An E coli outbreak suspected to have been caused by tainted vegetables has claimed 14 victims in Germany, authorities said on Monday, while more deaths were “probable” and shipments of “suspect cucumbers” to five other European countries had been traced.

In the state of North Rhine-Westphalia, a 91-year-old woman, who was also suffering from other health problems, died on Sunday, while on Monday a woman aged between 40 and 50 also died after becoming infected with enterohaemorrhagic Escherichia coli (EHEC).

A third woman, aged 87, and a 75-year-old man died in the eastern state of Mecklenburg-Western Pomerania on Monday. The latest victims are the first outside northern Germany. Of the 14 people who have died in the outbreak, 12 have been women.

After a meeting of government and regional ministers in Berlin, Health Minister Daniel Bahr warned that “unfortunately an increasing number of cases are to be reckoned with.” Reinhard Burger, president of the Robert Koch Institute, responsible for disease control and prevention in the country, warned that “further deaths cannot be ruled out, and are in fact probable.” However, while the number of infections continued to rise, the rate had slowed in Hamburg, the northern city where most cases had been reported.

“I hope very much that this is a sign that the wave of infections has already peaked,” Hamburg Health Senator Cornelia Pruefer-Storcks said.

But Burger warned against eating raw vegetables in northern Germany.

Washing vegetables before eating was not enough, he said, adding that while he understood the plight of farmers “the protection of the population’s health takes precedence.” EHEC had a “European dimension” Consumer Protection Minister Ilse Aigner said, adding that “we are facing a great challenge.” There have been almost four dozen cases reported in five other European countries — Austria, Britain, Denmark, the Netherlands and Sweden — with another three found in the United States.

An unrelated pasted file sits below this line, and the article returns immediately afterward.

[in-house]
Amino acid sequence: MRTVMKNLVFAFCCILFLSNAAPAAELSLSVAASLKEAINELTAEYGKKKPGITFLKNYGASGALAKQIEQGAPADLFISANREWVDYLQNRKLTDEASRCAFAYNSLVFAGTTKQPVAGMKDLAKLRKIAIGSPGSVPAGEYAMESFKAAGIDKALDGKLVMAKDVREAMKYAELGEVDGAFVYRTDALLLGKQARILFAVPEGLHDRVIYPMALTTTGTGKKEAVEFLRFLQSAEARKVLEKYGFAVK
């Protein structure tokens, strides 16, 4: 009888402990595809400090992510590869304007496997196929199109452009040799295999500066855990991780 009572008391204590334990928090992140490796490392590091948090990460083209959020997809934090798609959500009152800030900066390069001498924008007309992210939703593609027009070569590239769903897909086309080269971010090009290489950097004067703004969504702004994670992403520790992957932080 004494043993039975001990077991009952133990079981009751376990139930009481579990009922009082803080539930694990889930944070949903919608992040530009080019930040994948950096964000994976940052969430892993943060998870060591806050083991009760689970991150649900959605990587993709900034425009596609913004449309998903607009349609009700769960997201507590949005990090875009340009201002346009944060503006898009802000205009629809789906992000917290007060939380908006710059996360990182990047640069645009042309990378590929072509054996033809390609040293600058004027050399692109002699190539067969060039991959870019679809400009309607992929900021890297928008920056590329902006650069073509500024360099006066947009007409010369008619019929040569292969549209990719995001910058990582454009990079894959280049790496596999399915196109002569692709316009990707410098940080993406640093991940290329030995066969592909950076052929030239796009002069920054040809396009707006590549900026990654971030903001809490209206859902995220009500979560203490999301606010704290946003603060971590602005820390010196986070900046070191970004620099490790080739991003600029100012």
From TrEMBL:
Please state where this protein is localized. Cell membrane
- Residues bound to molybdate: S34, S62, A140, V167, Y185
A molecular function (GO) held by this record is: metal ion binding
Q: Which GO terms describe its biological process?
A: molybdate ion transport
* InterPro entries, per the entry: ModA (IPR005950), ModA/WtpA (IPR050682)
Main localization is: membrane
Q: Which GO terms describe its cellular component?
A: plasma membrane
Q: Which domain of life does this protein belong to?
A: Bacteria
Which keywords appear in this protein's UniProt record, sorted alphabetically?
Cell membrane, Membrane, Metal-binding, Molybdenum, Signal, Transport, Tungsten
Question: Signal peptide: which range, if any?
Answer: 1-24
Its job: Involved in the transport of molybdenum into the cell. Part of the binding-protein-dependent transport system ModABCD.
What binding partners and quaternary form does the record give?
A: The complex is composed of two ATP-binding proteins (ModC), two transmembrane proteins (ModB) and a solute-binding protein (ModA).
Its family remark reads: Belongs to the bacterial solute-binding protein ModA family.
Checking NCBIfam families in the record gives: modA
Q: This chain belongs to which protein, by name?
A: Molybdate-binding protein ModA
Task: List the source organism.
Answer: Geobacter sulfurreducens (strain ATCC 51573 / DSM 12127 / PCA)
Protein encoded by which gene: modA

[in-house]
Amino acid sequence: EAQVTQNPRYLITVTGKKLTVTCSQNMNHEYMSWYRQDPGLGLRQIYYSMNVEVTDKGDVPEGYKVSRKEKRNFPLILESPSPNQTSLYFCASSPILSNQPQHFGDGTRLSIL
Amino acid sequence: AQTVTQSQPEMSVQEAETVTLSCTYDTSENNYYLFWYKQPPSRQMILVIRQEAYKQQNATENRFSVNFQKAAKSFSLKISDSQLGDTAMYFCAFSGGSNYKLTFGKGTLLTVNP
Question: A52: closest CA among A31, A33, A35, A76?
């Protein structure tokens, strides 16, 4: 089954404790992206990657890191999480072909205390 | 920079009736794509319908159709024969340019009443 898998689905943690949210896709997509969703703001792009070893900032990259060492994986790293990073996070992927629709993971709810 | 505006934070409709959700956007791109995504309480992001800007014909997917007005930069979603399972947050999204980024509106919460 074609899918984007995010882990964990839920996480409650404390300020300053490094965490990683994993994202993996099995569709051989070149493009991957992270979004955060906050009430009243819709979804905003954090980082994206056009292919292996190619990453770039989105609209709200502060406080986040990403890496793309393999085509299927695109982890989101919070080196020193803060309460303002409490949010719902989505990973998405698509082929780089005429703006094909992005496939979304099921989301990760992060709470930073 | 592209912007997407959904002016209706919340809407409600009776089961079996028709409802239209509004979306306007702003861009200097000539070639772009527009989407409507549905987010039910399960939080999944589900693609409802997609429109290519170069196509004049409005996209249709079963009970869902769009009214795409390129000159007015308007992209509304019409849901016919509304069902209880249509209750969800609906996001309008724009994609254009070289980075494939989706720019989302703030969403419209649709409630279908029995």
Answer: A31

Health authorities in Norway also reported finding contaminated cucumbers but said they had not entered the market.

Many of the victims were suffering from haemolytic-uraemic syndrome (HUS), a form of kidney failure caused by E coli.

But all have so far only involved people who recently were in Germany or German nationals travelling abroad.

Germany has blamed the outbreak on organically grown cucumbers imported from Spain, though Spanish Health Minister Leire Pajin said there was “no proof, no evidence” behind the accusations.

Spanish Rural Affairs Minister Rosa Aguilar said she would ask Germany to clarify the origin of the contamination. Spain would seek financial compensation from the European Union for the “irreparable and unfair” damage that the scandal had caused to Spanish vegetable producers, Aguilar said.

Meanwhile, Russia on Monday banned all imports of vegetables from Germany and Spain.

“If the situation does not change, we will block all vegetable products from the entire EU,” government spokesman Gennady Onishchenko said.